Friday, October 26, 2012
A much greater threat than so-called global "climate change," the decline in bee populations due to pesticide and herbicide exposure is one of the most serious environmental threats in the world today. Without bees, food crops that rely on these important insects for pollination will wither and die, causing widespread food shortages. For this reason, ecology experts are urging government authorities to rediscover their consciences by standing up against this chemical-induced insect genocide, which has the very real potential to eventually unleash human genocide.
"Work in my lab is building on previous work looking at neonicotinoids, the systemic pesticides that are used extensively in agriculture at the moment," said Nigel Raine of Royal Holloway,
University of London, author of the study, in a recent video report. "What we're doing is we're looking at the effects of multiple pesticides, not just the neonicotinoids but also pyrethroids, which is the sort of situation that bees are faced with in the field. They visit multiple crop species which may have different pesticides applied to them."
Most bumblebees die after being exposed to both pesticides
After closely monitoring bumblebees exposed to low levels of two different pesticide chemicals for four weeks, Raine and his colleague Richard Gill observed that individual bee performance suffered considerably. Combined exposure to both neonicotinoids and imidacloprid, two common pesticide chemicals, caused worker bees to perform at levels far lower than other bees. And it is precisely the cumulative effect of exposure to both chemicals, which many previous studies involving bees have failed to address, that is the most striking.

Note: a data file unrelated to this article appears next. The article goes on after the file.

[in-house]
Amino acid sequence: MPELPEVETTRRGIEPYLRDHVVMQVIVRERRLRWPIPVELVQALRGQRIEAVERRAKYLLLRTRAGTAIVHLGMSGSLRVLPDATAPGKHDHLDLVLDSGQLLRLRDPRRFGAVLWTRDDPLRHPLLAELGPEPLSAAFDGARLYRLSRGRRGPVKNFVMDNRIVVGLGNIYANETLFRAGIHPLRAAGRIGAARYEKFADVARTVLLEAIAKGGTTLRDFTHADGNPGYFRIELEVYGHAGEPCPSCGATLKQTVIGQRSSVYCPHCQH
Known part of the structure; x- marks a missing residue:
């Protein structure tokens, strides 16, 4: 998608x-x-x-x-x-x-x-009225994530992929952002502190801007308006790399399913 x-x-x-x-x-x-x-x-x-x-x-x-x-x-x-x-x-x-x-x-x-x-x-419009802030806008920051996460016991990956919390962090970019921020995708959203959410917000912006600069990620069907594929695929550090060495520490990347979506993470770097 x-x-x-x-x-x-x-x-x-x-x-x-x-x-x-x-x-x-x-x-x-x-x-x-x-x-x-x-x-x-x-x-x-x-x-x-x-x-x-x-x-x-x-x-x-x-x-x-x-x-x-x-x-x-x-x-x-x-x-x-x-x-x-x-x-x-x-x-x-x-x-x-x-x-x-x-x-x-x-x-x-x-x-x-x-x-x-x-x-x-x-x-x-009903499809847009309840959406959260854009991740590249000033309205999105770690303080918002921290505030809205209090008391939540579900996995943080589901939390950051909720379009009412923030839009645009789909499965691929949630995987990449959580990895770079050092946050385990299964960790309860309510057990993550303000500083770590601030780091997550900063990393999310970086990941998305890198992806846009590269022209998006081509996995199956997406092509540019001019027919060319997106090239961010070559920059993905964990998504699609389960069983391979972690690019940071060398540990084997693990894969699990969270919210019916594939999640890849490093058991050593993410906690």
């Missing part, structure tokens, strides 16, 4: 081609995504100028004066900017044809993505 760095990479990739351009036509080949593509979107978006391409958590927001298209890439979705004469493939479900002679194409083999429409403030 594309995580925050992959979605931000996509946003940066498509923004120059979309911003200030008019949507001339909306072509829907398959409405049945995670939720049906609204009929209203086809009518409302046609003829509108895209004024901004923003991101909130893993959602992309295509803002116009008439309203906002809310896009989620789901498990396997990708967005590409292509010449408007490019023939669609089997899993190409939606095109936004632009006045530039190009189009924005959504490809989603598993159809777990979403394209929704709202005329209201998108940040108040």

Another interesting discovery was the fact that two-thirds of the bees exposed to both chemicals ended up dying, compared to just one-third of those not exposed to both chemicals. This further illustrates the fact that previous studies analyzing the effects of only one pesticide chemical, and for just a few days rather than several weeks, ignore the actual, real-life exposures to multiple pesticide chemicals that many bees throughout the world face.
Many industry-funded studies, after all, which have been used by government regulators to approve these dangerous chemicals in the first place, erroneously conclude that certain pesticide chemicals are safe simply because they did not necessarily elicit immediate harm during the few days in which their effects were studied. Pesticide harm often takes weeks to be observed, which makes Raine's study far more accurate in its assessment of long-term pesticide damage in bees.
Be sure to check out the full video interview with both Raine and Gill:
Sources for this article include: